NLT launches 'chat, play, read' tips for parents of under-fives

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A new project from the National Literacy Trust aims to help parents boost their child’s language skills at home.

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The National Literacy Trust has launched Small Talk, which aims to support the language development of 30,000 children under the age of five by equipping parents with skills and confidence to chat, play and read with their child every day.

Small Talk has launched small-talk.org.uk, a new website, featuring videos, advice and information to help parents make chatting, playing and reading activities part of their daily routine with children.

Over the next year, Small Talk will also provide targeted support to 2,100 families living in seven communities across England where levels of disadvantage are high and large numbers of children are starting school without the literacy skills expected for their age.

The National Literacy Trust will train volunteers from local businesses who will join early years professionals at public events in places parents are already visiting with their children, such as shopping centres and coffee shops, to show parents activities they can do at home to build their children’s language skills.

Events will take place in Birmingham, Manchester, Newcastle, Nottingham, Stoke-on-Trent, Swindon and Peterborough.

The project’s launch coincides with the release of a new report highlighting the link between children’s early language skills and life chances, which calls for sustained Government leadership and multi-agency support to unlock language, reading and learning opportunities for every child.

The ‘Language unlocks reading’ report, written by the National Literacy Trust with the All Party Parliamentary Group on Literacy and Oxford University Press, shows that children with poor language and communication skills at age of five are six times less likely to reach the expected standard in English at age 11 and twice as likely to be unemployed aged 34.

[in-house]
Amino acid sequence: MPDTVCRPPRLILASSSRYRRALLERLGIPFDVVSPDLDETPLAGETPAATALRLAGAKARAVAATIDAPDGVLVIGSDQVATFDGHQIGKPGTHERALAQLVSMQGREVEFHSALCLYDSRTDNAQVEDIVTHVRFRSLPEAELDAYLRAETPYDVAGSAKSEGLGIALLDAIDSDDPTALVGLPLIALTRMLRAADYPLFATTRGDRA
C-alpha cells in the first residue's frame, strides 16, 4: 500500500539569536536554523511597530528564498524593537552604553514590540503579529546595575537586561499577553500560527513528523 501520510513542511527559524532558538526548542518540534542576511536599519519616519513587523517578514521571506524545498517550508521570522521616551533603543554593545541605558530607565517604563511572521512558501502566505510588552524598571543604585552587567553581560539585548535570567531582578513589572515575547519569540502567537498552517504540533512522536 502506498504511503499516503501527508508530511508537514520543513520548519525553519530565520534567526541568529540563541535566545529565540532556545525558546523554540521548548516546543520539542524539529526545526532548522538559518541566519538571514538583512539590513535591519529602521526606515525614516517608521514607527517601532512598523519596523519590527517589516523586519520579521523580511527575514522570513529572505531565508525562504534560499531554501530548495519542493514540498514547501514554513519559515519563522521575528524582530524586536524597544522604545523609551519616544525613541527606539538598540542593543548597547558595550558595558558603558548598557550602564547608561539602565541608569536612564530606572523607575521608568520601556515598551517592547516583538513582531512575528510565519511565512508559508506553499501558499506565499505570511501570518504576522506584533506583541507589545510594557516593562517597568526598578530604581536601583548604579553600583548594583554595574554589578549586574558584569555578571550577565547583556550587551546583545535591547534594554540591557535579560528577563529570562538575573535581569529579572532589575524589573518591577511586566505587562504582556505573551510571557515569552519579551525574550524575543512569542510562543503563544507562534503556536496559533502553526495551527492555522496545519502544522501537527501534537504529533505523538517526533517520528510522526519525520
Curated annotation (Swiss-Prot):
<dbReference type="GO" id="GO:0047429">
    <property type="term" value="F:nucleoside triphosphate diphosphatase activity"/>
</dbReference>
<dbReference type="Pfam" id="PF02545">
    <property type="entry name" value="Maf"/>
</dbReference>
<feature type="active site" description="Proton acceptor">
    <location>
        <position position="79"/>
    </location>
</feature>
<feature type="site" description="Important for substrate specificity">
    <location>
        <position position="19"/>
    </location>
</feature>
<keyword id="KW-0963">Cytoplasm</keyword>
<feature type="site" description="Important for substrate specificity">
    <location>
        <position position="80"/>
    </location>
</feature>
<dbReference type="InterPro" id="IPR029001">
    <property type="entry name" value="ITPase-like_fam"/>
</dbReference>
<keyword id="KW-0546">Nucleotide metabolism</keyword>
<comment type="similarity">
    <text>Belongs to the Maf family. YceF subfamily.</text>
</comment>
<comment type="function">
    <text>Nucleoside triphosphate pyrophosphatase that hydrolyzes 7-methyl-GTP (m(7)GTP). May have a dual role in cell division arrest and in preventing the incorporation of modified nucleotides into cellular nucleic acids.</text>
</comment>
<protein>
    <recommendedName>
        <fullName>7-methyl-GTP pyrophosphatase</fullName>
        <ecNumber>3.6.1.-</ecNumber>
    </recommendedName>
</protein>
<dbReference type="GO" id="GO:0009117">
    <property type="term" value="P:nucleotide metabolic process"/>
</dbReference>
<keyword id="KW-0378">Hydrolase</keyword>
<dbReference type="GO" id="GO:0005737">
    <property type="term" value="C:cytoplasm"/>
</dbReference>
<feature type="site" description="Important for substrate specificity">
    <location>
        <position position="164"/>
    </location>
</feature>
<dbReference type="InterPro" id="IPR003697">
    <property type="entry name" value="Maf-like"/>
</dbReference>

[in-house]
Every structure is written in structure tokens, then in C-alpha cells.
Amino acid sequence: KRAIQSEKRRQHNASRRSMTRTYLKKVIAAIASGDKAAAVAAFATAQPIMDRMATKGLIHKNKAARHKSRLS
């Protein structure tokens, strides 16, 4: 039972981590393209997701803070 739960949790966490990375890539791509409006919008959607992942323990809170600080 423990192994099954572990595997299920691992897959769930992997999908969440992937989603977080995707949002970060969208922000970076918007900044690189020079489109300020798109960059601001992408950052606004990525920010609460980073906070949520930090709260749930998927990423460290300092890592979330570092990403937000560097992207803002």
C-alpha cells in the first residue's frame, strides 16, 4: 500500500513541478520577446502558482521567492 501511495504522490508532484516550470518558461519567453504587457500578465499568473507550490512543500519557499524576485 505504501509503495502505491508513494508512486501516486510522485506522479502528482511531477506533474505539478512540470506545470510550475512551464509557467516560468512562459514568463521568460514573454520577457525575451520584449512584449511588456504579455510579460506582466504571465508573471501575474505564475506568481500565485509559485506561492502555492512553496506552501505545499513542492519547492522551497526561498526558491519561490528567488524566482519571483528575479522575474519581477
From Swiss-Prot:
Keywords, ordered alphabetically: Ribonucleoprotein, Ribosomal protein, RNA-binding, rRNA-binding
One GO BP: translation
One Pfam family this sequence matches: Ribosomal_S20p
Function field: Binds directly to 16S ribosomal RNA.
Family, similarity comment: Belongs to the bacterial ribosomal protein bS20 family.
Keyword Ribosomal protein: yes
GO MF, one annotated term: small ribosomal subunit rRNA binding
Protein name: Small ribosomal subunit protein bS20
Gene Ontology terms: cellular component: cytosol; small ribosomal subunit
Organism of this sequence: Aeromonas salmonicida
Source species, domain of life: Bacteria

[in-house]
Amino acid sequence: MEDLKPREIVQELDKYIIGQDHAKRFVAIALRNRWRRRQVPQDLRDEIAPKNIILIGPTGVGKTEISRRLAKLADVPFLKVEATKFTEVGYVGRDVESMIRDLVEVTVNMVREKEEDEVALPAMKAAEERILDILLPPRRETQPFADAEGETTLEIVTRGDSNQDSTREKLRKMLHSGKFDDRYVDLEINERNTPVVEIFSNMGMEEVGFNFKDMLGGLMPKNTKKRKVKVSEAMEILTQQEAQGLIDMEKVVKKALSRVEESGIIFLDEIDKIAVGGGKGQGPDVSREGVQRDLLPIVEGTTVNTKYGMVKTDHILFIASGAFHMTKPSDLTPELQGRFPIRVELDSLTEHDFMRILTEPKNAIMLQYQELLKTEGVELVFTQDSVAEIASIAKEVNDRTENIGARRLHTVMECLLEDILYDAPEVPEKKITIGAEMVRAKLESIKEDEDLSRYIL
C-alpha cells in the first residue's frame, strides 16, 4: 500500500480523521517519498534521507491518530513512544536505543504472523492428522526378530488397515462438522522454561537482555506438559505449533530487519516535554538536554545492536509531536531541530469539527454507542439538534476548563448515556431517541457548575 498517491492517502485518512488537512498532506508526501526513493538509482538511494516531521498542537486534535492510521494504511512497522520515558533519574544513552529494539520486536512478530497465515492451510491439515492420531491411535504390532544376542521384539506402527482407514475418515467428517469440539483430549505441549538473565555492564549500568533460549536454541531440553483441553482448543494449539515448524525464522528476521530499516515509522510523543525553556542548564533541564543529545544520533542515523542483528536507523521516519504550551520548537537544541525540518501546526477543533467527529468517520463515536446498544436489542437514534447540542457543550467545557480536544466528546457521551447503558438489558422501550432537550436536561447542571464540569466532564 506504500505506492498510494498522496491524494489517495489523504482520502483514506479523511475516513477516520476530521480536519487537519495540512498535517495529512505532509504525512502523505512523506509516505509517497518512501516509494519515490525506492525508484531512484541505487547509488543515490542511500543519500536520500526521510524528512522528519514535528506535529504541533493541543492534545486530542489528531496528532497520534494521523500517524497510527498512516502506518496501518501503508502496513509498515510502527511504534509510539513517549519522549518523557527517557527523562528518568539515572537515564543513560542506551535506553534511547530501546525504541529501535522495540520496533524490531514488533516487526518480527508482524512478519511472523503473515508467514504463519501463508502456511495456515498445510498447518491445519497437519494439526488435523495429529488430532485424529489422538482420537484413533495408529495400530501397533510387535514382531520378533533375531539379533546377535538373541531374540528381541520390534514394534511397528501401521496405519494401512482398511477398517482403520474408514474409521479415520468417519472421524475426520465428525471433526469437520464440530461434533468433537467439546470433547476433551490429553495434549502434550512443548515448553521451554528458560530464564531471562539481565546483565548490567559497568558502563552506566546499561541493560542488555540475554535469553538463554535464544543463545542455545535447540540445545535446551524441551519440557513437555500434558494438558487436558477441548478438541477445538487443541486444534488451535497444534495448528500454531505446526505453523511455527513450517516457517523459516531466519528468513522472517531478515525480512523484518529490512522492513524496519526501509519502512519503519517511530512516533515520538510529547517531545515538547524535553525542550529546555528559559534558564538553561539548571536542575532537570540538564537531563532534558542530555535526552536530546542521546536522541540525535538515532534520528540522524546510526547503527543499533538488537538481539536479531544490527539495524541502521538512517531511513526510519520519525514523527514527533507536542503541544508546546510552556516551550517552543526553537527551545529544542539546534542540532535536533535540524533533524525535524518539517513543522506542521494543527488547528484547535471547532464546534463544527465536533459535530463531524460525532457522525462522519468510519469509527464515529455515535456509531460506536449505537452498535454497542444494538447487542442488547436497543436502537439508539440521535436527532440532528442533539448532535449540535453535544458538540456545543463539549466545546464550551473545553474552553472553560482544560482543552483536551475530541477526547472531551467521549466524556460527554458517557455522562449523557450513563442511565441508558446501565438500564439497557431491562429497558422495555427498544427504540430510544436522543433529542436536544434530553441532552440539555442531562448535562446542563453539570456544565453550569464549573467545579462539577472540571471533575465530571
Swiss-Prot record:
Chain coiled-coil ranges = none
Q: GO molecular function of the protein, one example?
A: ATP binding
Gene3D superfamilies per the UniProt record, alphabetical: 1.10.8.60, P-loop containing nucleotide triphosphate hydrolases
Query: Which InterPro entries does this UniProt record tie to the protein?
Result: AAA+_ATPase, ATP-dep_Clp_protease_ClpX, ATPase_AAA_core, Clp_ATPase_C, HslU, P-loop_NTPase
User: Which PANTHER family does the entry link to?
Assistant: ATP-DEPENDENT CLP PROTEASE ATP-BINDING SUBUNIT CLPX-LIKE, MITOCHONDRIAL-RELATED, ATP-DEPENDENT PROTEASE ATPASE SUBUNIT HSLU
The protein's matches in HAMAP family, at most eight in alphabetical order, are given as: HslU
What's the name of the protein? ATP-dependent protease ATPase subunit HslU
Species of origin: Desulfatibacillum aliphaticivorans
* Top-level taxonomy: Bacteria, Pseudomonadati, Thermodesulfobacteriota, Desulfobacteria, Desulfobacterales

Small Talk, which is funded for 18 months, forms part of the National Literacy Trust and Department for Education’s Home Learning Environment Initiative.

The initiative comprises a national behaviour change campaign and coalition of 100 businesses pledging their support as part of the Government’s ambition to halve the number of children starting school without the early communication and language skills they need by 2028.

Judith Parke, head of the Home Learning Environment at the National Literacy Trust, said, ‘When parents are involved in their children’s literacy development it makes a huge difference to their success at school and in later life.

‘Small Talk will help parents turn the daily activities they are already doing with their children into opportunities to build their child’s language skills and give them the foundations for a brighter future.’

  • For more on the 'Language unlocks reading' report read our exclusive blog from Andrea Quincey, head of primary English at Oxford University Press

 

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